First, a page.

They had been involved in Manager-led activities leading to a deeper understanding of strengths and weaknesses in adopting the new behaviours.
3. Self-led Activities
They had engaged in creative self-led activities helping them to practice and develop their skill set.
4. Peer Dialogue
They engaged in active dialogue with their peers about the new skills and their day to day application.
It was this constant reinforcement, this post-training activity that aided in embedding and reinforcing the process and interactive skills learned in the formal training sessions. These days we neatly call this the 70:20:10 framework.
- The 70 – Experiential/Experience – learning and developing through day-to-day tasks, challenges and practice;
- The 20 – Social/Exposure – learning and developing with and through others from coaching, exploiting personal networks and other collaborative and co-operative actions;
- The 10 – Formal/Education – learning and developing through structured courses and programs.
This in itself is not new thinking. The majority of training organisations understand the importance of follow-up activities after training, however there are two main problems with their approach. One problem is they turn the follow up activities into a process. Most cultures are very resistant to adding yet another process to their already congested workflows. The second problem is the main emphasis is on training first, leaving the embedding as secondary. Don’t believe me? Look at your external training provider L&D spend, calculate how much of that spend (in time and money) is on training, and how much is on embedding and reinforcement. Most companies report an 80/20 split on average.
So, if training itself makes such as small difference, and what matters is what follows, then why is the corporate world paying so little attention to this?
The answer lies in the fact we have been conditioned to apply the standard, high-cost, two day externally provided training solution for the last 20 years, and we simply do not have the capability in our organisations to bring it back in-house and take control of the process at a cultural level.
At Endex, we help clients manage the transition. We base our learning approach on what we know are proven, effective activities. We take our knowledge of the outlier behaviours, and design our training programmes to maximise outcomes, incorporating:
- Reduce workshop content to short (60-90 minutes), bite-sized learning interactions based on vital skills;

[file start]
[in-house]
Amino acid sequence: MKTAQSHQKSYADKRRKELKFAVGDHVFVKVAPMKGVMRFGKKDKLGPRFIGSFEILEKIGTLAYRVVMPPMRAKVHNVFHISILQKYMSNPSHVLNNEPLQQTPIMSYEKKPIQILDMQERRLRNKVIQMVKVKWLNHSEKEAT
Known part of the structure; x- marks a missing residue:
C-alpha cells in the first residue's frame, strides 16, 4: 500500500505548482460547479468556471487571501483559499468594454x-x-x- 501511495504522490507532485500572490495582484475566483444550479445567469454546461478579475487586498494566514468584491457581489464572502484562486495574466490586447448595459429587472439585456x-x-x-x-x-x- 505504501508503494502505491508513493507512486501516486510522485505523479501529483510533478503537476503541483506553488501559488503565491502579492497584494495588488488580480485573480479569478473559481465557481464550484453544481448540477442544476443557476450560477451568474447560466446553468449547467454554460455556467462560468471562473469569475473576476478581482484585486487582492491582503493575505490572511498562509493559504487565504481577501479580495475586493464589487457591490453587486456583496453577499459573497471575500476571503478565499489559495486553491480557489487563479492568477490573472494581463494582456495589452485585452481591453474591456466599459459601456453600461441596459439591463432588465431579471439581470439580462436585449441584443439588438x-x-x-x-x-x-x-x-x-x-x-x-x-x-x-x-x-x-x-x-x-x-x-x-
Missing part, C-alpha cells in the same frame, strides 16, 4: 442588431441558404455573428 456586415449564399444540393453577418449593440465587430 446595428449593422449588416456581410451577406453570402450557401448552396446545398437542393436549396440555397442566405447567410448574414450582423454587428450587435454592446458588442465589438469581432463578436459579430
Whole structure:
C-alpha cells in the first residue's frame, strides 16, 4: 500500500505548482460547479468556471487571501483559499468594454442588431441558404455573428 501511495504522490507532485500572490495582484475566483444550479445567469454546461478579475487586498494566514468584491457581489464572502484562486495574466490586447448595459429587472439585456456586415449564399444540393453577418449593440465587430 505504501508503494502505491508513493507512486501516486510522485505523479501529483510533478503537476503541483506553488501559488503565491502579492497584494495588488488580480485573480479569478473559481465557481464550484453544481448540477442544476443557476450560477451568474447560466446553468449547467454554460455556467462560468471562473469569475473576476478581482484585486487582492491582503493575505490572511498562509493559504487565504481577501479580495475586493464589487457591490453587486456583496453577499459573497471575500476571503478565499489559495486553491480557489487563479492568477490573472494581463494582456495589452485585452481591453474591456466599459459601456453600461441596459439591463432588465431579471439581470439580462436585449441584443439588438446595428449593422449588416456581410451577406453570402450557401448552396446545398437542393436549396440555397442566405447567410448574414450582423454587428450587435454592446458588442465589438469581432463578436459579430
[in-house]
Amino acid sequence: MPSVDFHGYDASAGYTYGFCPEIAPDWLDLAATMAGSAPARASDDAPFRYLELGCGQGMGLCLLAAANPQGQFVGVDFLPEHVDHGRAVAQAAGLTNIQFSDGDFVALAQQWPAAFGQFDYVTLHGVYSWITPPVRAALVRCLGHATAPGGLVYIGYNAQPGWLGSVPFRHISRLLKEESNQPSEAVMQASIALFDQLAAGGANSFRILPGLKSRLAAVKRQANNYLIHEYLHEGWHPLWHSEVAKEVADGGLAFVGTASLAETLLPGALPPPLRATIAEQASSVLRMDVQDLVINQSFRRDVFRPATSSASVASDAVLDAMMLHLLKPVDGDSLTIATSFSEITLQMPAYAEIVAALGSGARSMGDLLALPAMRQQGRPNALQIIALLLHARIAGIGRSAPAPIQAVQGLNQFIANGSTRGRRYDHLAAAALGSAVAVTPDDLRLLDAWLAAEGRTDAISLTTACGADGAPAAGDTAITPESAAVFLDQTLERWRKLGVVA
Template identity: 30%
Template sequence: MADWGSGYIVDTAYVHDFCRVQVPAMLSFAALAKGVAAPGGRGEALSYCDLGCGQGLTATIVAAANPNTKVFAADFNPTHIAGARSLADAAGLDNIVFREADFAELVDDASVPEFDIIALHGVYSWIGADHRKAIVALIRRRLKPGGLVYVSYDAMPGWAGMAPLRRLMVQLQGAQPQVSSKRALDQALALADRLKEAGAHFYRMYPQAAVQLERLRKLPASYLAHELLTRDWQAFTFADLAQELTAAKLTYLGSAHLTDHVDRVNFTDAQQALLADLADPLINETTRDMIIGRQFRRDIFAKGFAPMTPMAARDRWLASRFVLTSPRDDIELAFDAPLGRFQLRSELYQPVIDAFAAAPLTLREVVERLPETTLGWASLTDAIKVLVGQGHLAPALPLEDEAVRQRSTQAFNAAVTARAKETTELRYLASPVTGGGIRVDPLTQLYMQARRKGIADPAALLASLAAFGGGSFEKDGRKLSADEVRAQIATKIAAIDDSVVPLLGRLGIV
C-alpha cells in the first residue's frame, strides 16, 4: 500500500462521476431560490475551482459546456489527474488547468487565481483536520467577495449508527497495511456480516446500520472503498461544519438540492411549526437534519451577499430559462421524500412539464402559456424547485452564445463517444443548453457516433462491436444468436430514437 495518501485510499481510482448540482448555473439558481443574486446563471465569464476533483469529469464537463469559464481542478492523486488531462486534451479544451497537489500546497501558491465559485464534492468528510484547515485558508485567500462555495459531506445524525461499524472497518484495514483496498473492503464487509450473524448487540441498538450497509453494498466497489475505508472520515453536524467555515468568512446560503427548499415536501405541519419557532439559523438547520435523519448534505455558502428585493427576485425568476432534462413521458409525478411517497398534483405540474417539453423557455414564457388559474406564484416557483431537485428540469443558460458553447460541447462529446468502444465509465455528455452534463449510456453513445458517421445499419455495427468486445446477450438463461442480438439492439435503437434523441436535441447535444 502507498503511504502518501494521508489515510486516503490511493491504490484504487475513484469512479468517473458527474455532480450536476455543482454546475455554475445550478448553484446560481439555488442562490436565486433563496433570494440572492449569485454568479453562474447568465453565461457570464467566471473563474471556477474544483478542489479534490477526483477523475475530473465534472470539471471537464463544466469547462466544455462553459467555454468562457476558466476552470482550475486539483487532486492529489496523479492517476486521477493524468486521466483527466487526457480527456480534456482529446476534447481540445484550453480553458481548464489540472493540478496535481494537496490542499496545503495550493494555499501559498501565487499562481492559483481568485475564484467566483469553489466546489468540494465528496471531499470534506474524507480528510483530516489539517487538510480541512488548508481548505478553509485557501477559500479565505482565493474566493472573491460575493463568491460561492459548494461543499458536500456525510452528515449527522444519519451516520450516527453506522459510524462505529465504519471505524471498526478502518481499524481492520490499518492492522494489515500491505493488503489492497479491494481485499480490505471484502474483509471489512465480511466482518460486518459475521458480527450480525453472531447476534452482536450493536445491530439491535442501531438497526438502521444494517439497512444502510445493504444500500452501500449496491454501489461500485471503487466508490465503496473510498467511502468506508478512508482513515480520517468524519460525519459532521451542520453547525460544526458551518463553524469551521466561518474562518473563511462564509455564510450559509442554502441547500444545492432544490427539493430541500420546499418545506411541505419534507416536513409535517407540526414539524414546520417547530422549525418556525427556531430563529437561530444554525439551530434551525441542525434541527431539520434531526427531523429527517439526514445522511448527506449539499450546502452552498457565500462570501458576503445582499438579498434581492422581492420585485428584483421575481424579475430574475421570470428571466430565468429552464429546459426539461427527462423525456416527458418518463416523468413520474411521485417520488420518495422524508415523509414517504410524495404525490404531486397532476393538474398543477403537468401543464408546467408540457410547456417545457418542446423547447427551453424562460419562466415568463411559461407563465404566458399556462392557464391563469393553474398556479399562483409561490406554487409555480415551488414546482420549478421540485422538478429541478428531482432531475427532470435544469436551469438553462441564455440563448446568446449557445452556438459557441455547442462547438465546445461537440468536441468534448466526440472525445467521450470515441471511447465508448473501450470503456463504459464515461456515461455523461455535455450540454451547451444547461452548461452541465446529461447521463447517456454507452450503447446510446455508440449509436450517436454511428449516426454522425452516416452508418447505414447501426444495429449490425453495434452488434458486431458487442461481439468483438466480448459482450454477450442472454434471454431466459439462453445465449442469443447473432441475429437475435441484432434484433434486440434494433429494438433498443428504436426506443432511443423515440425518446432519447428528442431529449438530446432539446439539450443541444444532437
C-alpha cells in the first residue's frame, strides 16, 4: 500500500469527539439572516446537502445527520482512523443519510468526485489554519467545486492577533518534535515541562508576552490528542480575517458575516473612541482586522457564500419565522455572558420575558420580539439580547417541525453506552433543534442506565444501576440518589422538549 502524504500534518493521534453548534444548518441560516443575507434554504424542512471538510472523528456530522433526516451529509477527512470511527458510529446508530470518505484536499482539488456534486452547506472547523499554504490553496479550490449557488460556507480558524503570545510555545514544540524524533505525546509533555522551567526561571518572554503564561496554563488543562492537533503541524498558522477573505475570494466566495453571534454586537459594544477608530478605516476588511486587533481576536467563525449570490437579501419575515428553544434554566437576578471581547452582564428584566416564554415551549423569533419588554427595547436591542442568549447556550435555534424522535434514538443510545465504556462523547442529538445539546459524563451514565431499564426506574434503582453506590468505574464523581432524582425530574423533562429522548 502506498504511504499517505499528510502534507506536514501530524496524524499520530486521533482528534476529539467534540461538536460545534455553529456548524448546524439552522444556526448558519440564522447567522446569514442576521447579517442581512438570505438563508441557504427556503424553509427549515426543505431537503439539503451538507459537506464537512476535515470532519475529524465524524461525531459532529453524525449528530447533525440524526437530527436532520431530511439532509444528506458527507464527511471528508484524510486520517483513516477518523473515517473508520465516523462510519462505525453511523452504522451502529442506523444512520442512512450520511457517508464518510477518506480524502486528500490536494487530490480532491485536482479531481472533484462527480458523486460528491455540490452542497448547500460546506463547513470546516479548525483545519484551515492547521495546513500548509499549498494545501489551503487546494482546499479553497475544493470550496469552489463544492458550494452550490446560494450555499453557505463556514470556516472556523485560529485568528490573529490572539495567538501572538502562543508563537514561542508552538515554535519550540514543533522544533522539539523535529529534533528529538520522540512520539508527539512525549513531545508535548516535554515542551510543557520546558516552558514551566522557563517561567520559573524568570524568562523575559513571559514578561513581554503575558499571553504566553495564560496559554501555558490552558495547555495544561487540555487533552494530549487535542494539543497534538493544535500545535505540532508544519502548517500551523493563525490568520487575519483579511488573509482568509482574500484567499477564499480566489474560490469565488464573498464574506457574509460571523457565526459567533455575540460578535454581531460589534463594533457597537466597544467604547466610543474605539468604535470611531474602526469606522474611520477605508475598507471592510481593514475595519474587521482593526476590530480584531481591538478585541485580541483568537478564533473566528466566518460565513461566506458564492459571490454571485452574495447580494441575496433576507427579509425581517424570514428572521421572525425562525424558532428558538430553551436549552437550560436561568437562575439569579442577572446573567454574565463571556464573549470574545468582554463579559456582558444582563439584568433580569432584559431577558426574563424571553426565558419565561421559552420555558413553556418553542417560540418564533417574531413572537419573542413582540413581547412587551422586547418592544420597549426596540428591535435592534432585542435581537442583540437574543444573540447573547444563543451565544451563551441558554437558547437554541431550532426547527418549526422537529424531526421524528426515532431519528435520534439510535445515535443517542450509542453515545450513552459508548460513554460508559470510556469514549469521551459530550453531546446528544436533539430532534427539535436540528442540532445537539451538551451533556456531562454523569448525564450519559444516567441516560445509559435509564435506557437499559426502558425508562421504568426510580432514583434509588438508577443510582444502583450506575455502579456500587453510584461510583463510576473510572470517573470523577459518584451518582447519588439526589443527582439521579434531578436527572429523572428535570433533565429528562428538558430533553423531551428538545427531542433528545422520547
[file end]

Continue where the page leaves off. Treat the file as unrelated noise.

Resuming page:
- Train managers, facilitators, leaders and subject matter experts in the key communication skills they need to bring the subject matter alive;
- Lead the thinking of the participants towards personal responsibility for the learning journey.
With this approach, our clients have experienced lasting returns on their (much reduced) financial investment, along with tangible outcomes, a change in behaviour of their staff, and an active implementation of the new skills in their approach to work.
We take your financial investment in training seriously. Forget standard processes, forget standard systems. We dive into your business and work with your internal managers, facilitators and coaches to teach them the key interpersonal and facilitation skills they need to be able to coach and train your staff effectively. We work with you to custom design training modules, and provide you with peer-led dialogue which is relevant to your business, and communicates your business goals. Then when we’ve finished, we hand everything over to you. You own the materials, you own the IP. It’s all yours to re-use over and over again, as many times as you like.
You can let go of what you’ve been tied to for the last 15 years – we help you take back control and we take personal responsibility in making sure you achieve desired long-term outcomes for your training investment.
If you would like to discuss how we can give you a higher return on your training investment, please don’t hesitate to schedule a free call with us today to find out how we can help you.